On a bitter cold Friday night in February a small crowd slowly begins to form at the STC Roundhouse. Arm loads of boxes and crates filled with cords, discs, board games and batteries make their way through the halls of the high school and into the gym. Large, banner-like screens are raised as little plastic boxes begin to flicker and whir in quiet anticipation. It is the beginning of another game night for the students at STC High School. One may not expect to see high school students hanging out at a gym, playing video games but on Game Squad nights you can see just that.
On average 35-40 students come to the monthly gathering and it's not just to play video games. South Tama students can be found playing anything from video games such as Dance, Dance Revolution, Need for Speed racing and XBox Kinect Bowling to card games like Magic the Gathering and Ooga Booga. It was also surprising to find a dedicated contingent of students kicking around a hacky sack. Yes, high schoolers still play hacky sack.
Game Squad was formed in 2008 by students Cody Gardner, Kyle Gitautis and band teacher Mike Carnahan. The group started small and held their gatherings in the band and choir rooms. They have since branched out to the high school gym. Generally there are six large projector screens set up around the gym so students can experience playing different games on different systems. The Game Squad club owns an XBox 360, Playstation 3 and a Nintendo Wii. "The newly released Playstation 4 is the most recent attraction added to the Game Nights. Game Squad meets once a month if the school calendar allows for the use of the gym.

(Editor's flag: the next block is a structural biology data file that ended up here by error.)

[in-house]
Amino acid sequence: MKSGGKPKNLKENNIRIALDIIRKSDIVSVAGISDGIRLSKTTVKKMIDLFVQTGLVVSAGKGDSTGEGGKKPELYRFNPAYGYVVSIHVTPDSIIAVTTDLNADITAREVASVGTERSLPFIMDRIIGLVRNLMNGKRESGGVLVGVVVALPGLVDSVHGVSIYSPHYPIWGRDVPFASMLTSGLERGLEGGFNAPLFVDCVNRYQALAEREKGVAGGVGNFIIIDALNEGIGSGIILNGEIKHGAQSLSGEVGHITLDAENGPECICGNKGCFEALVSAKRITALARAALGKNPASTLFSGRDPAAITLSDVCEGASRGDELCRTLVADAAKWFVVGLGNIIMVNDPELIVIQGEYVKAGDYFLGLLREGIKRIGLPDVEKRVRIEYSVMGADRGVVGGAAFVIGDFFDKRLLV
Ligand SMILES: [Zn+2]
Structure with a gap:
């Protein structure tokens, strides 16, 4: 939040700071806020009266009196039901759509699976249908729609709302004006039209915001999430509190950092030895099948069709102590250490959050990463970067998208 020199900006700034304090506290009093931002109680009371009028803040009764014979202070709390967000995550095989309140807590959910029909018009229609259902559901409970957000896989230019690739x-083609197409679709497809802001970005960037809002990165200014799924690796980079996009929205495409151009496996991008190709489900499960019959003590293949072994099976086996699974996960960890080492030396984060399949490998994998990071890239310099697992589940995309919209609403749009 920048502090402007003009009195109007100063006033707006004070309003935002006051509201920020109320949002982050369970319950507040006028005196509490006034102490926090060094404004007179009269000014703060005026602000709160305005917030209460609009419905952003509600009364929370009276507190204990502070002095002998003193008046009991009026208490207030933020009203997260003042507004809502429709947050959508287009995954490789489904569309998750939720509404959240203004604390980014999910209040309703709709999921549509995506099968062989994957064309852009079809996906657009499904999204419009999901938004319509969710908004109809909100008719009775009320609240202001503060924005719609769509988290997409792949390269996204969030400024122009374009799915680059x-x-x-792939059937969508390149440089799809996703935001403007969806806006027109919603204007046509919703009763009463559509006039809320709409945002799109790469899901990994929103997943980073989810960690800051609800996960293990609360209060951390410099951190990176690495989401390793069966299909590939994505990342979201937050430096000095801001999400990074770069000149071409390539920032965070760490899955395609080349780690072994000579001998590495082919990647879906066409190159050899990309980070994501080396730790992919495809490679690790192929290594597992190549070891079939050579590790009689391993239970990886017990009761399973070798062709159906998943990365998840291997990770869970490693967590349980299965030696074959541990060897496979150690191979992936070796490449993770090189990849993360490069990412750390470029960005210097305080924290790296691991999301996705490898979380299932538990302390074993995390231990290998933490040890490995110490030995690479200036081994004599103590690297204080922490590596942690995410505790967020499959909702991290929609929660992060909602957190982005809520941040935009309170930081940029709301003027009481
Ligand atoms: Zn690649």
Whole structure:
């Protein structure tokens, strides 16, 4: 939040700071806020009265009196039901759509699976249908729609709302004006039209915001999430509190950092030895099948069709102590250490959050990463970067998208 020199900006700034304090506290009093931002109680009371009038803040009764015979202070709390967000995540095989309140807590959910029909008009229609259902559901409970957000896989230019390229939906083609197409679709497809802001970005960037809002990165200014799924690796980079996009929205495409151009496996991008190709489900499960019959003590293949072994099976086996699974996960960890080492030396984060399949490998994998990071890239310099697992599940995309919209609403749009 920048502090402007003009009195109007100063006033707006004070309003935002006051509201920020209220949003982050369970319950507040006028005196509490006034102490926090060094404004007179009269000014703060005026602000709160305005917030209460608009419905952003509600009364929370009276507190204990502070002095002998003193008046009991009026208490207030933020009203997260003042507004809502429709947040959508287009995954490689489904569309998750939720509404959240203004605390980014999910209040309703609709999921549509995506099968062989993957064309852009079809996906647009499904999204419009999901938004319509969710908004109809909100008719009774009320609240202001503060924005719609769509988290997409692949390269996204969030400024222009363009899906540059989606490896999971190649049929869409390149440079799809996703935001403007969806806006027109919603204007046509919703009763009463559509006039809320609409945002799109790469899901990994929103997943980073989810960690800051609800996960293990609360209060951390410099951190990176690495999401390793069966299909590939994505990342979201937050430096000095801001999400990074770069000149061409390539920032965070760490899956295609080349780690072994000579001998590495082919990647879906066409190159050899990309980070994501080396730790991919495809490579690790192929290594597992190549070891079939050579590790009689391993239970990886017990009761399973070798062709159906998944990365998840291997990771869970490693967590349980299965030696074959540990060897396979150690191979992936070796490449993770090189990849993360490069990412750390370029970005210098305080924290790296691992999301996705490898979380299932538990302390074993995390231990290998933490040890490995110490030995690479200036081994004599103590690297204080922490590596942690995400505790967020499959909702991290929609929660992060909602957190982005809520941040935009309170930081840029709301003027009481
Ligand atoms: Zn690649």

Video games have a long standing negative connotation due to the correlation that has been made between school shootings and violent video games. There is research both favoring and disproving that parallel. There is also concern that today's youth are spending too much time inside playing video games versus being outside and socializing with peers. However, the students attending Game Squad are there to not only enjoy the games but also to socialize with other students and play games together. Senior Emily Jantzen who has attended game squad for all of her high school career says that, "(Game Squad) is something different. It's not like our normal clubs we have in school."
For those who may be concerned with what the students are playing, there is a standard set at Game Squad that no games above a "T" rating will be played. The video game rating system set in place by the Entertainment Software Rating Board (ESRB) offers ratings that range from C (Early Childhood; content intended for young children) up to A. (Adults Only; content suitable only for adults ages 18 and up. May include prolonged scenes of intense violence, graphic sexual content and/or gambling with real currency.) The T (Teen) rating includes games that are generally suitable for ages 13 and up. The game content may contain violence, suggestive themes, crude humor, minimal blood, simulated gambling and/or infrequent use of strong language. For a complete list of ratings you can visit www.esrb.org.